When one holds an all-powerful office, one really does not need to worry about a constituency. When one has declared that a second term would not be sought, one does not need to worry about a constituency. Even after some rudimentary pruning of executive powers (which, by the way, is a far cry from what was pledged and what those who turned an idea – abolishing the executive presidency – into a movement in their wide-eyed innocence were convinced would happen) Maithripala Sirisena remains the most powerful individual in Sri Lanka and as someone who pledged reform in the ‘will do and then fade out’ manner, should be the last to be concerned about constituency. After all, it is not as though he has an uphill task to get the Parliamentary arithmetic right to pass important pieces of legislation.
The question is, given all of the above, “why is Maithripala Sirisena acting as though he desperately needs ‘people’ or rather why does he try to be popular?” A natural follow-up question would be, “what does this mean for the unfolding political equation?”
Let’s first substantiate the claim that President Sirisena is indeed trying to be popular. That might tell us a bit about his thinking, his confusion perhaps, and his political plans. If he was, as he claimed to be, only interested in seeing through political reforms that make for reconciliation and democratization, then he can just do that and nothing else. After all, he has the backing of the UNP-led coalition and is not only the leader of the SLFP but enjoys immense executive power. In short he is politically quite secure, as long as he does not upset the UNP. The UNP, for its part, has a clear path to greater political control in a post-Maithripala scenario where the reforms pledged have been implemented. The only thing that can make the UNP jittery right now is for Maithripala to take his party leadership more seriously than his presidency and the role thrust upon him on January 8, 2015. But that’s exactly what he is doing.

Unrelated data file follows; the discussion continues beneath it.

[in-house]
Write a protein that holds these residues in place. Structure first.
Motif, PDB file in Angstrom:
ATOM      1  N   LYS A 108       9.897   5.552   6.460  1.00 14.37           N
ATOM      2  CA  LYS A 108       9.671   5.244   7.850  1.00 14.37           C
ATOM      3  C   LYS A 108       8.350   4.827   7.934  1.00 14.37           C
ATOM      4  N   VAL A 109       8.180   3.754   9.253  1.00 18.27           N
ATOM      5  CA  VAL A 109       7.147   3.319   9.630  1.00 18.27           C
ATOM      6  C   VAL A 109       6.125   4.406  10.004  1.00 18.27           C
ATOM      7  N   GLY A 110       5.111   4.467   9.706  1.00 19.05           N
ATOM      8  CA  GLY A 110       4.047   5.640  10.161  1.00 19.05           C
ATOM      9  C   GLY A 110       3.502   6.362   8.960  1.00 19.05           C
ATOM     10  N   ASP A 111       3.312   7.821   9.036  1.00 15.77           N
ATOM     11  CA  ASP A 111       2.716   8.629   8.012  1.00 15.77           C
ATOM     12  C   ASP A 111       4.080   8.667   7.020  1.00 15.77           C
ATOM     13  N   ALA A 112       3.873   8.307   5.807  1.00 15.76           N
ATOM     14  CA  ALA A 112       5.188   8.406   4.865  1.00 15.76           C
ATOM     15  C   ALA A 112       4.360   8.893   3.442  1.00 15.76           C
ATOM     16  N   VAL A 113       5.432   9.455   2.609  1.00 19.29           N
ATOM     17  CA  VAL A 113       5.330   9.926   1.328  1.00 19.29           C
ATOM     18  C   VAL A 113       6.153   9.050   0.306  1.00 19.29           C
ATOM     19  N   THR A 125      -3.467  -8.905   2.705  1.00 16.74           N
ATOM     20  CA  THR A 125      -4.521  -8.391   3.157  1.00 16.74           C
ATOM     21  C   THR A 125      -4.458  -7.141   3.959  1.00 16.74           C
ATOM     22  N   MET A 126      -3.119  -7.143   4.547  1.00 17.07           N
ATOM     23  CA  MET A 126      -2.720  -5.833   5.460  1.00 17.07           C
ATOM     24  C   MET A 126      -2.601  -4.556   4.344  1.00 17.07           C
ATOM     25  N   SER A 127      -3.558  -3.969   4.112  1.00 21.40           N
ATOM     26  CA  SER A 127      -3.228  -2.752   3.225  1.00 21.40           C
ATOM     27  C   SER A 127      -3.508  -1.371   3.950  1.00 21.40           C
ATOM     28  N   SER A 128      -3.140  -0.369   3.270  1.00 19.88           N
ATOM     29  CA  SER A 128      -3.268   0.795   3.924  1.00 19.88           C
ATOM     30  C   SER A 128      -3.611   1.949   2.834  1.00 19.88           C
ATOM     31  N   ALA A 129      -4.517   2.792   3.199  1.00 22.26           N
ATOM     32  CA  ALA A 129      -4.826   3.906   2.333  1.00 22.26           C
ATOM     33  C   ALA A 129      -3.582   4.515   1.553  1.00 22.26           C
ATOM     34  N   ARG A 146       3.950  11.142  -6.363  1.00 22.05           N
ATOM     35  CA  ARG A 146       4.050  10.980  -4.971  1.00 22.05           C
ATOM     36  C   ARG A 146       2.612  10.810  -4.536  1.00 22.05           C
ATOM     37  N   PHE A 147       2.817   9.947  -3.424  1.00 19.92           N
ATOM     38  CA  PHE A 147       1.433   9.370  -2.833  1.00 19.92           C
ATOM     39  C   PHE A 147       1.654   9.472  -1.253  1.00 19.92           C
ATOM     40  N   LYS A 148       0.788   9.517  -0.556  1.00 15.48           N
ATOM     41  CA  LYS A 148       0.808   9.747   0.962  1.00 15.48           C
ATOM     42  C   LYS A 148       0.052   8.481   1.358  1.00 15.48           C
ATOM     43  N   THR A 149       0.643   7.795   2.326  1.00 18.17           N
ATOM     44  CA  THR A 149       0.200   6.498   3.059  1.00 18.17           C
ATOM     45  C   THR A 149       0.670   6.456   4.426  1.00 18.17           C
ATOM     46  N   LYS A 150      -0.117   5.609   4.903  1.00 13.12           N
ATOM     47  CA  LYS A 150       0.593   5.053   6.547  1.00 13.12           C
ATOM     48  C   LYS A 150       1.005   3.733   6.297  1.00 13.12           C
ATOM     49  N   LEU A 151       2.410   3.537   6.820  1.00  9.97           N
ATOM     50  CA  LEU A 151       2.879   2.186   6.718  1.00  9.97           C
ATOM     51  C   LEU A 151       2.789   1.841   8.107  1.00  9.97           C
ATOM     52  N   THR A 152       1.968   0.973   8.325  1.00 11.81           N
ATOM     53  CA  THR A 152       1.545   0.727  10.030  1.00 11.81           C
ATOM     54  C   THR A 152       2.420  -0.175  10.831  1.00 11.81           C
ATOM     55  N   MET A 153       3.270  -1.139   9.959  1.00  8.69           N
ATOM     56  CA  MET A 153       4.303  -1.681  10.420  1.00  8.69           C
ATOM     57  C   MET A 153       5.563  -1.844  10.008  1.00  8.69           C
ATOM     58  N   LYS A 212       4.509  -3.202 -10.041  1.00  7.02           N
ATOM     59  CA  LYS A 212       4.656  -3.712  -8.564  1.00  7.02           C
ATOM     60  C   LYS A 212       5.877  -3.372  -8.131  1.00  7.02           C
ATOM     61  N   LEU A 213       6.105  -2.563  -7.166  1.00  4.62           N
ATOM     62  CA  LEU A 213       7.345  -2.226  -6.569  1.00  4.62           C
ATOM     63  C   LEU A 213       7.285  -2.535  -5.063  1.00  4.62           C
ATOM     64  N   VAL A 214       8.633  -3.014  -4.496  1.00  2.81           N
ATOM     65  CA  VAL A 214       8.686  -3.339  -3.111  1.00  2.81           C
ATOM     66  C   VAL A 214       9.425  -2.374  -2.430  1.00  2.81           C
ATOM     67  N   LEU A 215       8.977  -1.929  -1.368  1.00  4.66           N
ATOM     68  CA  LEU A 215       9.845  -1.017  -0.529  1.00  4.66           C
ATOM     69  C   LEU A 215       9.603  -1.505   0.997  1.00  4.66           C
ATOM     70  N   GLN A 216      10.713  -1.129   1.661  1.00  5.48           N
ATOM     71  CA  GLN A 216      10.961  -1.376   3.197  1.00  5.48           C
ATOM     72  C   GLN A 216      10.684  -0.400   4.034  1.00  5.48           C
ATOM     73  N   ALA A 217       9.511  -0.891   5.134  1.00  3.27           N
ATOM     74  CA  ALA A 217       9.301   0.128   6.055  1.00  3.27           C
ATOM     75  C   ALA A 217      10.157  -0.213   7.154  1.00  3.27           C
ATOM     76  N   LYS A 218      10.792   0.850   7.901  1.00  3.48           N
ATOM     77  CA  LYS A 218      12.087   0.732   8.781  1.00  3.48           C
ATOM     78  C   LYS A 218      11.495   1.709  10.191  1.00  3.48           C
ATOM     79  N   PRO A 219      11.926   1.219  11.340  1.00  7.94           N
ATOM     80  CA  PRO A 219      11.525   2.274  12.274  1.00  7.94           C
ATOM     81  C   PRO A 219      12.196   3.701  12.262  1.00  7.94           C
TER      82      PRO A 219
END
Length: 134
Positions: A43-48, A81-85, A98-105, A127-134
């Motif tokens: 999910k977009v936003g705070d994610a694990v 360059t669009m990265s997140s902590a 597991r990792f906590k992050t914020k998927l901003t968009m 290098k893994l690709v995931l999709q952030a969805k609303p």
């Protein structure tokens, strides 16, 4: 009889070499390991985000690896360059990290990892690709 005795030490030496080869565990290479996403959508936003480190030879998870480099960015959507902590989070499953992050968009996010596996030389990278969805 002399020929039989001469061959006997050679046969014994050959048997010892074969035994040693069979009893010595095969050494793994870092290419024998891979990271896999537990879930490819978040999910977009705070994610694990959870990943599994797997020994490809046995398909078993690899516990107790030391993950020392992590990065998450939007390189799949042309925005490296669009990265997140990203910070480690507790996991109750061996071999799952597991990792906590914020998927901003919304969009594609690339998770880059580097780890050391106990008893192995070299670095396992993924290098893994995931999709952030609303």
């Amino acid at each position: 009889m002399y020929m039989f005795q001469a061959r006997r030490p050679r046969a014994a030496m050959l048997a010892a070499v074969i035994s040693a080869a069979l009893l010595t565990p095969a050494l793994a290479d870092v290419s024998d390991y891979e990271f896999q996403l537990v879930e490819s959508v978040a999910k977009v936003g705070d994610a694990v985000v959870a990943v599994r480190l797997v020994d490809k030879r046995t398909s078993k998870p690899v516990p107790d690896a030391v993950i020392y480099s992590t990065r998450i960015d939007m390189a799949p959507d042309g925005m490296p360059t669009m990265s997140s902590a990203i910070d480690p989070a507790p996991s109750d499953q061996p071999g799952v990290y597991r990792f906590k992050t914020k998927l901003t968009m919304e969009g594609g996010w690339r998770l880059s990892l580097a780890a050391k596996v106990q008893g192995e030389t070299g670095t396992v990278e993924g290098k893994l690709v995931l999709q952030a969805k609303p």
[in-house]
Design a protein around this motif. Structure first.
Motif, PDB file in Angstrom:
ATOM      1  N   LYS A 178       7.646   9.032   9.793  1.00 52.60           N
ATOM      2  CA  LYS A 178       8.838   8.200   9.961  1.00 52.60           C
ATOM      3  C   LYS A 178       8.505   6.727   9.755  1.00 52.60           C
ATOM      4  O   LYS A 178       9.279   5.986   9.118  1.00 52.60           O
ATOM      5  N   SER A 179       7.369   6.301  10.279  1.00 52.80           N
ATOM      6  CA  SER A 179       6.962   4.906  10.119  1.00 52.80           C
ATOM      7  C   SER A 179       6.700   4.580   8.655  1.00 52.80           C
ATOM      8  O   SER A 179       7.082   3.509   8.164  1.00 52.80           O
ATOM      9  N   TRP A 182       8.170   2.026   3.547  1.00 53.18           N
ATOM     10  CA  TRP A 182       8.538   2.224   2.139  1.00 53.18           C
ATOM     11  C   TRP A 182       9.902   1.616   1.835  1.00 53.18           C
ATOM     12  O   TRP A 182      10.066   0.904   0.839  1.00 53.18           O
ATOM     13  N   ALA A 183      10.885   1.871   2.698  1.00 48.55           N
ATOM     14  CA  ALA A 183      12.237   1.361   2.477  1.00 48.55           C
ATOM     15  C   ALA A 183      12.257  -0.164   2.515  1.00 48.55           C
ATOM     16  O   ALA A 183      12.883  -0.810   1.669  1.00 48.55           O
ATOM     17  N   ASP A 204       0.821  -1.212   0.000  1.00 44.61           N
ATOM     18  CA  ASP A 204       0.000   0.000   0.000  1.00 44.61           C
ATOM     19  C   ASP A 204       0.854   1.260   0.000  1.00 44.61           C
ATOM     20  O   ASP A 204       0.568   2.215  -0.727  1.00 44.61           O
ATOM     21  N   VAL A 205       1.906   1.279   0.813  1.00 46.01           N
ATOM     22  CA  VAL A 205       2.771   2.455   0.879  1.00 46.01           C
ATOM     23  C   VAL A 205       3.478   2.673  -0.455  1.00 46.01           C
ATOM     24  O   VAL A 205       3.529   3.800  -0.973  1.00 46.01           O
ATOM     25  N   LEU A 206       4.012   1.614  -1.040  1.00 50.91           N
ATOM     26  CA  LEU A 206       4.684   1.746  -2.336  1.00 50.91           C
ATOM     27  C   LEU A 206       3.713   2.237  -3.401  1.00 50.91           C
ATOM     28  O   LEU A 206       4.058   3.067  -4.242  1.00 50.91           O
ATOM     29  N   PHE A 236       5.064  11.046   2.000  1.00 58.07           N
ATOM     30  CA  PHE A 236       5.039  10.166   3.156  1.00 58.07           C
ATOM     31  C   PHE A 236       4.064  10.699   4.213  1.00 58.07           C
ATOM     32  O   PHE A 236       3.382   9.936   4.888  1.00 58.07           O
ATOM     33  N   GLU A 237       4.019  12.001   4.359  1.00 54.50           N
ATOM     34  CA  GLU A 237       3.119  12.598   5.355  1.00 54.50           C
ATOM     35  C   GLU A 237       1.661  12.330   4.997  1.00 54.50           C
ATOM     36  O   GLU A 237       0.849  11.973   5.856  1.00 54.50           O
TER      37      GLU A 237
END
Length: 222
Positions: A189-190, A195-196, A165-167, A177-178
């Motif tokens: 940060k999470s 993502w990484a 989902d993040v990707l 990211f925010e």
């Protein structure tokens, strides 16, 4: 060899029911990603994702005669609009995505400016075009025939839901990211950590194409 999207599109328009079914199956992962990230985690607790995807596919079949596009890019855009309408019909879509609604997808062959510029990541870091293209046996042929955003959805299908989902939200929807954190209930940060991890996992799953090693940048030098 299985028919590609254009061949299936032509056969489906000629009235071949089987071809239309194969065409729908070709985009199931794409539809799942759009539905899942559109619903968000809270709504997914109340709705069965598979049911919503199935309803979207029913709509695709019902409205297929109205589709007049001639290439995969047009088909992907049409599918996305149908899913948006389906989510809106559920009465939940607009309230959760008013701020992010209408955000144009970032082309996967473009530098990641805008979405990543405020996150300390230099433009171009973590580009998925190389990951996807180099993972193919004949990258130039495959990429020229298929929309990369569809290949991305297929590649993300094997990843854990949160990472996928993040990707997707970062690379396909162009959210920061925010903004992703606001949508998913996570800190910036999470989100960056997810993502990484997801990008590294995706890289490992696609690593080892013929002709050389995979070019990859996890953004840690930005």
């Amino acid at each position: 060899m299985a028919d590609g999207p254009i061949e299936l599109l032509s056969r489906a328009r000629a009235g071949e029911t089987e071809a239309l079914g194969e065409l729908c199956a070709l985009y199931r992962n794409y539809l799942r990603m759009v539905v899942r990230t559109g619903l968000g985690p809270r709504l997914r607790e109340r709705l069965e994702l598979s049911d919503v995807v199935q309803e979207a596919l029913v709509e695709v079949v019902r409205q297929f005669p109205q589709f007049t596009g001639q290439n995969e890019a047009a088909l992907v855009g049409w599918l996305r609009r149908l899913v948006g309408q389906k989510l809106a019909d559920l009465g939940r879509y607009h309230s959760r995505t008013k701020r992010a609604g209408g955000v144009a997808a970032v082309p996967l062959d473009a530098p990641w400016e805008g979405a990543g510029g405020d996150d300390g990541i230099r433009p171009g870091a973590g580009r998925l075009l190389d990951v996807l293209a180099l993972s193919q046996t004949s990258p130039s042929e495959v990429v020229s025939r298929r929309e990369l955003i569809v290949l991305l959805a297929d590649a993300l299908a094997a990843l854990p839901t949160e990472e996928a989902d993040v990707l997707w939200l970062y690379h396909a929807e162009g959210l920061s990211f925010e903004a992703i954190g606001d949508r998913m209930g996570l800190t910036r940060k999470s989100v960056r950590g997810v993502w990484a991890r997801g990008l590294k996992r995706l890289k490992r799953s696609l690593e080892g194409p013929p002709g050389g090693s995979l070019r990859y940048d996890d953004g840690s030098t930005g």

As someone said, people try to become party leaders because this is seen as a necessary stepping stone to higher national office. In this case we have someone who has become the President of the country and seems determined to use that office to secure full control of his political party. What this means is that Sirisena seems to be interested in a powerful role in a context where, say, the executive presidency is abolished or the powers of that office are further pruned. Shiral Lakthilake let the cat out of the bag recently when he said that it was not said that Sirisena would not want to be Prime Minister.
The first steps were of course to appoint his loyalists to key positions in the party in a move that went against the spirit of democracy both in the way it was done and in the timing of the act. We don’t need to detail other such moves which raised questions whether the President was serious about the ‘good’ part of the campaign objective, ‘good governance’. The point is that regardless of such moves, he remains leader by default of a party whose entire rank and file campaigned against him. There’s a huge trust factor here that is clearly worrying him. Add to this the (inflated worth of) the Mahinda Rajapaksa factor and clearly his hold on the SLFP seems tenuous.
It must have dawned on both the President and his wide-eyed backers at some point that he was an articulator more than prophet, a would-be deliverer rather than a statesman with a single-minded objective, a provider of a name necessary for a social and political need to reach full fruition. That a UNP candidate would have had a lesser chance of success is not relevant here. The relevance of the UNP-factor is that the party needed him to secure interim political objectives and apart from easily forgotten things in the country’s political culture such as gratitude, there’s no real reason to back Maithripala Sirisena forever.
Consequently the President finds himself without the assured backing of the two major parties. This might explain why in recent times he’s taken to comment on relatively trivial issues that have little to do with the good governance project he was mandated to implement. We don’t have to go into all that. The fiasco of the ‘official’ theme song shows confusion at the top, if nothing else. On the other hand the play with Sinhala and Buddhist tropes can be read as a ‘reaching out’ to that particular constituency. Again, that’s not a mandated project. Again that is something that is antithetic to the rhetorical thrust of his campaign which, indeed, was even read as a deliberate though subtle attack on the majority community.
All this would seem silly if one believes that Maithripala Sirisena is doing what he was elected to do, and if one believes that he is interested in reform and reform only. His indulgences, though, call to question manifesto and rhetoric.
Constituency-fixation is at odds with all that. There were and are two options for Maithripala Sirisena: he can play the statesman he was elected to be or be the politician that it increasingly seems he cannot but be. The first would give him a place in history (defeating Mahinda Rajapaksa is a historical fact which will be acknowledged but that fact unattended by meaningful and radical democratic reform would hardly be of landmark dimension). The second would invariably result in the erosion of stature, and worse, could derail the reform project altogether.